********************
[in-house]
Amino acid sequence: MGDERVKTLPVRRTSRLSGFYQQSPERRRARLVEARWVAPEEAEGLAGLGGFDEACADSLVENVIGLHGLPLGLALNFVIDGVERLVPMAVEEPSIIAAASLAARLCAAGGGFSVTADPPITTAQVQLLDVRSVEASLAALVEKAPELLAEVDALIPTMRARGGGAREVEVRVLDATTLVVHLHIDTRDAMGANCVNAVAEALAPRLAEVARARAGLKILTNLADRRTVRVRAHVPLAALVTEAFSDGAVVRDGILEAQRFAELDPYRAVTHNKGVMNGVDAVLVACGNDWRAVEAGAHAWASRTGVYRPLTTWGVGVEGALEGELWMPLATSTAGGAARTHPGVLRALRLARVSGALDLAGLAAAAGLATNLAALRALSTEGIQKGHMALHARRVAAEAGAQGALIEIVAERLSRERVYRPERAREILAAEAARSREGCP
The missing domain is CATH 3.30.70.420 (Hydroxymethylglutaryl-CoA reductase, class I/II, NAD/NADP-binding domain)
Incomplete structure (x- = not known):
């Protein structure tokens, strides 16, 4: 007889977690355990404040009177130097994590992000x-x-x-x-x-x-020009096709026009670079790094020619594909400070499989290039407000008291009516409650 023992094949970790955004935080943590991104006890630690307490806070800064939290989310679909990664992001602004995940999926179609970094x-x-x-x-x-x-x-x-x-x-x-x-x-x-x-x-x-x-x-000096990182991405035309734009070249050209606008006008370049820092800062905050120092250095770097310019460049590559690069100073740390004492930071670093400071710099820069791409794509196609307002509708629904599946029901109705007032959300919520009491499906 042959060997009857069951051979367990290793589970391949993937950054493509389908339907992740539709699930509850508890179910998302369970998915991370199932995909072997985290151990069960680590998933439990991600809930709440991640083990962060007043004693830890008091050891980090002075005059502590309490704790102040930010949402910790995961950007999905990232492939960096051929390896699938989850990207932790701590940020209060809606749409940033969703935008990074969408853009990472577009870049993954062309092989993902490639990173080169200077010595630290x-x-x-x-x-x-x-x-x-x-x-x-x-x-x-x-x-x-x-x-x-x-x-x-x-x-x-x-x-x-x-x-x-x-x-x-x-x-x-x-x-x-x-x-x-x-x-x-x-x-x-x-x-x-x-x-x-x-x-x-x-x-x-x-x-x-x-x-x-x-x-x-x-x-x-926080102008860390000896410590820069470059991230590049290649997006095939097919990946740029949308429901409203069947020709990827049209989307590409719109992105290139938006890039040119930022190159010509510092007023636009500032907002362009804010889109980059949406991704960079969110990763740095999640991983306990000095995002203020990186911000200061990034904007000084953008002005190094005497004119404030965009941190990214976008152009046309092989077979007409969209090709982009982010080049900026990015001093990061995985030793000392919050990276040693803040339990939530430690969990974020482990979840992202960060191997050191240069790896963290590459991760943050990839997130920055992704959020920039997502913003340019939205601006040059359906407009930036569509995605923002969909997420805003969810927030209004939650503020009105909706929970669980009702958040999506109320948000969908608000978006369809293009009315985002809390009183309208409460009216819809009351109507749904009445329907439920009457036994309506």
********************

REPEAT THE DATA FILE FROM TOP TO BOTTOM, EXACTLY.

[in-house]
Amino acid sequence: MGDERVKTLPVRRTSRLSGFYQQSPERRRARLVEARWVAPEEAEGLAGLGGFDEACADSLVENVIGLHGLPLGLALNFVIDGVERLVPMAVEEPSIIAAASLAARLCAAGGGFSVTADPPITTAQVQLLDVRSVEASLAALVEKAPELLAEVDALIPTMRARGGGAREVEVRVLDATTLVVHLHIDTRDAMGANCVNAVAEALAPRLAEVARARAGLKILTNLADRRTVRVRAHVPLAALVTEAFSDGAVVRDGILEAQRFAELDPYRAVTHNKGVMNGVDAVLVACGNDWRAVEAGAHAWASRTGVYRPLTTWGVGVEGALEGELWMPLATSTAGGAARTHPGVLRALRLARVSGALDLAGLAAAAGLATNLAALRALSTEGIQKGHMALHARRVAAEAGAQGALIEIVAERLSRERVYRPERAREILAAEAARSREGCP
The missing domain is CATH 3.30.70.420 (Hydroxymethylglutaryl-CoA reductase, class I/II, NAD/NADP-binding domain)
Incomplete structure (x- = not known):
């Protein structure tokens, strides 16, 4: 007889977690355990404040009177130097994590992000x-x-x-x-x-x-020009096709026009670079790094020619594909400070499989290039407000008291009516409650 023992094949970790955004935080943590991104006890630690307490806070800064939290989310679909990664992001602004995940999926179609970094x-x-x-x-x-x-x-x-x-x-x-x-x-x-x-x-x-x-x-000096990182991405035309734009070249050209606008006008370049820092800062905050120092250095770097310019460049590559690069100073740390004492930071670093400071710099820069791409794509196609307002509708629904599946029901109705007032959300919520009491499906 042959060997009857069951051979367990290793589970391949993937950054493509389908339907992740539709699930509850508890179910998302369970998915991370199932995909072997985290151990069960680590998933439990991600809930709440991640083990962060007043004693830890008091050891980090002075005059502590309490704790102040930010949402910790995961950007999905990232492939960096051929390896699938989850990207932790701590940020209060809606749409940033969703935008990074969408853009990472577009870049993954062309092989993902490639990173080169200077010595630290x-x-x-x-x-x-x-x-x-x-x-x-x-x-x-x-x-x-x-x-x-x-x-x-x-x-x-x-x-x-x-x-x-x-x-x-x-x-x-x-x-x-x-x-x-x-x-x-x-x-x-x-x-x-x-x-x-x-x-x-x-x-x-x-x-x-x-x-x-x-x-x-x-x-x-926080102008860390000896410590820069470059991230590049290649997006095939097919990946740029949308429901409203069947020709990827049209989307590409719109992105290139938006890039040119930022190159010509510092007023636009500032907002362009804010889109980059949406991704960079969110990763740095999640991983306990000095995002203020990186911000200061990034904007000084953008002005190094005497004119404030965009941190990214976008152009046309092989077979007409969209090709982009982010080049900026990015001093990061995985030793000392919050990276040693803040339990939530430690969990974020482990979840992202960060191997050191240069790896963290590459991760943050990839997130920055992704959020920039997502913003340019939205601006040059359906407009930036569509995605923002969909997420805003969810927030209004939650503020009105909706929970669980009702958040999506109320948000969908608000978006369809293009009315985002809390009183309208409460009216819809009351109507749904009445329907439920009457036994309506």